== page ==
Lifehouse – Almeria
(Geffen/Interscope – December 11, 2012)
In the early 2000’s, Lifehouse burst into the international music scene with “No Name Face” and hit single “Hanging by a Moment” in particular. Over the years they added on to their success with four more albums and the singles that went with them. Particularly “You and Me”, “Broken”, “First Time” and “From Where You Are” established their name, particularly in the US, but with the release of the latest albums (“Who We Are” and “Smoke & Mirrors”) they found themselves back in the picture in Europe and Asia as well.
While the band has steadily moved away from the imagery and meaningful lyrics combined with accessible and melodic rock towards a more pop-oriented, radio-friendly style of music, the songs have always managed to capture the hearts of fans. And while more criticism started to surface after the release of “Smoke & Mirrors”, the general feeling among fans and listeners was still that there was a ‘Lifehouse sound’.
With the release of this new album, called “Almeria”, the band continues the road of more generic, radio-friendly pop songs. For a band that was once praised for the imaginative and inspirational messages and lyrics in their music, they let that slip as well. Most of the songs on the album were at least co-written by others, some of the songs even primarily written by others. The first songs released off “Almeria”, lead single “Between The Raindrops” and “Nobody Listen” are decent songs in itself but do not show any imagination or creativity. The former is a collaboration with Aussie superstar Natasha Bedingfield, and while the vocal match between her and lead singer Jason Wade is likeable, the song itself seems to suffer from being ‘just not it’. It was released as a lead single and has a certain catchiness to it, but not the kind of catchiness required to become a massive radio hit. There’s no signature in the song, it’s just a nice song, nothing more than that, nothing special. “Nobody Listen” is even worse, as the song is deprived of all emotion and comes across as bland, boring even.
When we take a listen to the rest of the album, we find that choruses are scarce and lyrics are often very predictable. It won’t take the fans very long to memorize these lyrics as they won’t really be challenged. The poor production of “Almeria”, combined with the overuse of autotune on selected songs and distracting ‘bells & whistles’ make this album sound forced and not very believable. The attempt to insert a little country twang into the mix, which fits with the album title and general theme of the album can’t mask the poor songwriting and repetitiveness of the songs on this album. “Moveonday” has a nice groove to it, but the song never lifts itself out of the ‘average category’. Lead off track “Gotta Be Tonight” has energy, which makes it one of the more entertaining songs on the album, but lyrically there’s hardly any content and once again, the song carries on the same way all through the song.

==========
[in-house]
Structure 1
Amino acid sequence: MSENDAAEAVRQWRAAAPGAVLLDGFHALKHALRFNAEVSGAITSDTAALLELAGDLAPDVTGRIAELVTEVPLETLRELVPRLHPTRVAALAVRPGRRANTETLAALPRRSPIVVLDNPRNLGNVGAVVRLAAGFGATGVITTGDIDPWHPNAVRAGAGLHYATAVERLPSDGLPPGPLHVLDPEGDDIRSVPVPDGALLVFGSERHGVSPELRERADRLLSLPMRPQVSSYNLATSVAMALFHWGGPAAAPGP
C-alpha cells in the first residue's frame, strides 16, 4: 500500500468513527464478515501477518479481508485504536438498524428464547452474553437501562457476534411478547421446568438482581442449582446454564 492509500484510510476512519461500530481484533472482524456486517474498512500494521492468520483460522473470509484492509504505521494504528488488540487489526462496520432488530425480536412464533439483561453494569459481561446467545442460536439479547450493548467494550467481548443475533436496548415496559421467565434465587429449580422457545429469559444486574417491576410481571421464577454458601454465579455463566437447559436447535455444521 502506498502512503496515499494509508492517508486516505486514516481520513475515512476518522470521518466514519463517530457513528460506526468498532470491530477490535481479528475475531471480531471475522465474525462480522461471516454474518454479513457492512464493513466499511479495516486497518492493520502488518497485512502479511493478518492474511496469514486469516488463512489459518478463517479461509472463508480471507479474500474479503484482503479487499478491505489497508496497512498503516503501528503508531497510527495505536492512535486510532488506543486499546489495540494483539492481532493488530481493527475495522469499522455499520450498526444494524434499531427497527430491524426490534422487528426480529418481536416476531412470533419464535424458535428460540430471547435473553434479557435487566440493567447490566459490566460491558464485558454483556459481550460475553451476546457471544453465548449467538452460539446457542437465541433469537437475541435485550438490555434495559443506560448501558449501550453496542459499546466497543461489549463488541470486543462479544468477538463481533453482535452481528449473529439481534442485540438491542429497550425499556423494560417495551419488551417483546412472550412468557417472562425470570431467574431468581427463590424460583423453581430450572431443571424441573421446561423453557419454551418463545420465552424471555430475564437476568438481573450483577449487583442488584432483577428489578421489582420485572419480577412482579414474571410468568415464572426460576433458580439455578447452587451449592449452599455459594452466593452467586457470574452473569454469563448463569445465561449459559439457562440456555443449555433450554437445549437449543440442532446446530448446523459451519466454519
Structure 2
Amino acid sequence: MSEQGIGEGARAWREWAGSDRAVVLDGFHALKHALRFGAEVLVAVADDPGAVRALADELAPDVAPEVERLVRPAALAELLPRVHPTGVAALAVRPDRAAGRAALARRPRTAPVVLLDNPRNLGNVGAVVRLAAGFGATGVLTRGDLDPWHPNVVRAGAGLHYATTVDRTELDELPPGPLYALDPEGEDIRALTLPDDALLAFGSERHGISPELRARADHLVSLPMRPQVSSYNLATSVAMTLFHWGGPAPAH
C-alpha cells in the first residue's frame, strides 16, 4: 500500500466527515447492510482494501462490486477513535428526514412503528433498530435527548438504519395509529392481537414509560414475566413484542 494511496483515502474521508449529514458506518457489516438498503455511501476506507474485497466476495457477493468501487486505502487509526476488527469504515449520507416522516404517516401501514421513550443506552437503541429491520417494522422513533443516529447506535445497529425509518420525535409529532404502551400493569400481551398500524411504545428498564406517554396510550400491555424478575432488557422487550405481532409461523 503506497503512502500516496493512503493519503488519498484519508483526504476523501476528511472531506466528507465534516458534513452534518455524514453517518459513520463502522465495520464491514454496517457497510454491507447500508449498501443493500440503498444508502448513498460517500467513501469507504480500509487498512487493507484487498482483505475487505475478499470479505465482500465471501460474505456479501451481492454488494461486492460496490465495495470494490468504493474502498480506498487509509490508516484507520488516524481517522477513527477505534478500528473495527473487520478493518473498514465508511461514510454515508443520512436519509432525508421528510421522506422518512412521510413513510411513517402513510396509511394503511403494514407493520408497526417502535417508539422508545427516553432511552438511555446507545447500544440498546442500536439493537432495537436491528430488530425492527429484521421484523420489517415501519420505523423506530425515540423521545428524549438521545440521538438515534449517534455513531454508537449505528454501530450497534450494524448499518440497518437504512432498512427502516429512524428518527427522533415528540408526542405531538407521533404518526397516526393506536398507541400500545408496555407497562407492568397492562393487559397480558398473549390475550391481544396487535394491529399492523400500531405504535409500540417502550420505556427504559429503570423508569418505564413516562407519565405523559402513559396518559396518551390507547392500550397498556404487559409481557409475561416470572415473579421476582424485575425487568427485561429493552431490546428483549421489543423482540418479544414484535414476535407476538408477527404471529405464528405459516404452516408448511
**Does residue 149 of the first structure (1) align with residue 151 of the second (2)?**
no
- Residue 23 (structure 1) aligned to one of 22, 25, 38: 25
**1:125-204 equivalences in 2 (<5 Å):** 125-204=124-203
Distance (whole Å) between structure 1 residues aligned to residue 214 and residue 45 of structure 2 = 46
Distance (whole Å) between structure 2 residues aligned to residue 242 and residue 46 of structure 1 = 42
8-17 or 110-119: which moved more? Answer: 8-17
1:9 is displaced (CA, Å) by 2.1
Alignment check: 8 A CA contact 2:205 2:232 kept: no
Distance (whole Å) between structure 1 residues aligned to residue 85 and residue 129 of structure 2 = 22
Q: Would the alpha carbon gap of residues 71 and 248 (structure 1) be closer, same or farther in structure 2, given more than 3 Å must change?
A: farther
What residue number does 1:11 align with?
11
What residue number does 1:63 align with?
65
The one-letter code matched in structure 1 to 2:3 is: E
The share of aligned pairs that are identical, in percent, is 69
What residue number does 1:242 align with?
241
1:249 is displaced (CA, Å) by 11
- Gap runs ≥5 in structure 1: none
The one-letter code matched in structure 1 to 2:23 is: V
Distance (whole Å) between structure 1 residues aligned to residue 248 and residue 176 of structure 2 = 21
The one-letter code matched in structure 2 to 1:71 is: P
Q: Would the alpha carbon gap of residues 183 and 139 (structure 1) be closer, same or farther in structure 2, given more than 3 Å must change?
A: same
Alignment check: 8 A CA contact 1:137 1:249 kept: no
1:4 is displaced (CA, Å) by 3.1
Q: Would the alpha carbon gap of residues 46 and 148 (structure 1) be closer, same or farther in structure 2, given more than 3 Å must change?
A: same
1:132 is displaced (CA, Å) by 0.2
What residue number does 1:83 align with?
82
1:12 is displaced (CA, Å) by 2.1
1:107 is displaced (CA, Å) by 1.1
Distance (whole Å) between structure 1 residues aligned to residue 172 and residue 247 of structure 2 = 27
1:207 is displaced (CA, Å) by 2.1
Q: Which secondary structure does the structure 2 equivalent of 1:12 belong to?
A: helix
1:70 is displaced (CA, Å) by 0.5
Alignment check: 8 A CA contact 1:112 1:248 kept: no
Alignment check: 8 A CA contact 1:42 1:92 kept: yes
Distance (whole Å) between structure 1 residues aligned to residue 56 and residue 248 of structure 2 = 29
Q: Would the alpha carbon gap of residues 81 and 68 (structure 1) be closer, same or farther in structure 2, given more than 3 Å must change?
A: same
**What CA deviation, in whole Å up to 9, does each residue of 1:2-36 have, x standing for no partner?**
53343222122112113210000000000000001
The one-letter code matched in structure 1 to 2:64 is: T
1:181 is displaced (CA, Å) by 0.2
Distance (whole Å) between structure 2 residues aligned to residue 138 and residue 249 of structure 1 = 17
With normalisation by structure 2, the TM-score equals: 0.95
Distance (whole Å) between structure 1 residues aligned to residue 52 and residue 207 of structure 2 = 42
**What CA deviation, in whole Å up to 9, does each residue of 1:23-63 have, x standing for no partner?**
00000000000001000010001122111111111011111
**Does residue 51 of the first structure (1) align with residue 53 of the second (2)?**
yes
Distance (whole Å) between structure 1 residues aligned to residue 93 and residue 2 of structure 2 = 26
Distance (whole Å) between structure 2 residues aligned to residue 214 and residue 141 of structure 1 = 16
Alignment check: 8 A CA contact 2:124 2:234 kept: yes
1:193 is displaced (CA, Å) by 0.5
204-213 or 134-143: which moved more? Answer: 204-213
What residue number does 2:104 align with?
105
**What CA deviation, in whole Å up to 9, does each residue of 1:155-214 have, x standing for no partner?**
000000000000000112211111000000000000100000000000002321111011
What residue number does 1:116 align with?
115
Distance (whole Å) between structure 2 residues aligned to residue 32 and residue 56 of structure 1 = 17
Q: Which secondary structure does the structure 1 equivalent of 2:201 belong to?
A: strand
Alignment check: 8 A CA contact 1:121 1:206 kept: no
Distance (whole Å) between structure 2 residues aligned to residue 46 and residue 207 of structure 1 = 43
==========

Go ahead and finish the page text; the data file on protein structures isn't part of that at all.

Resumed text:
The fans of Lifehouse may find “Right Back Home”, which was co-written by Peter Frampton and also features him on guitar and sir Charles Jones as a guest vocalist, a refreshing sound. The rootsy yet classic vibe on the song gives it more body, musically. And also lyrically there is a little more to it. For the first time on this album, you get the feeling there’s a story behind the song. And while the next two songs, “Barricade” and “Aftermath” are also quite predictable, they feature a little more lyrical content and “Aftermath” in particular provides a glimpse of Lifehouse as we’ve become used to over the years. Not on the same level, but it does give one a taste of their signature sound.
So, when we sum up Lifehouse’s new album, we can only say it is disappointing. It might have some commercial success because some of the songs are quite catchy, but because the songs are so predictable and repetitive, they aren’t memorable, so real succes may be a stretch. This may cause Lifehouse to take a long, hard look at themselves and reconsider their artistic path into the future, because they seem to have lost their way, artistically.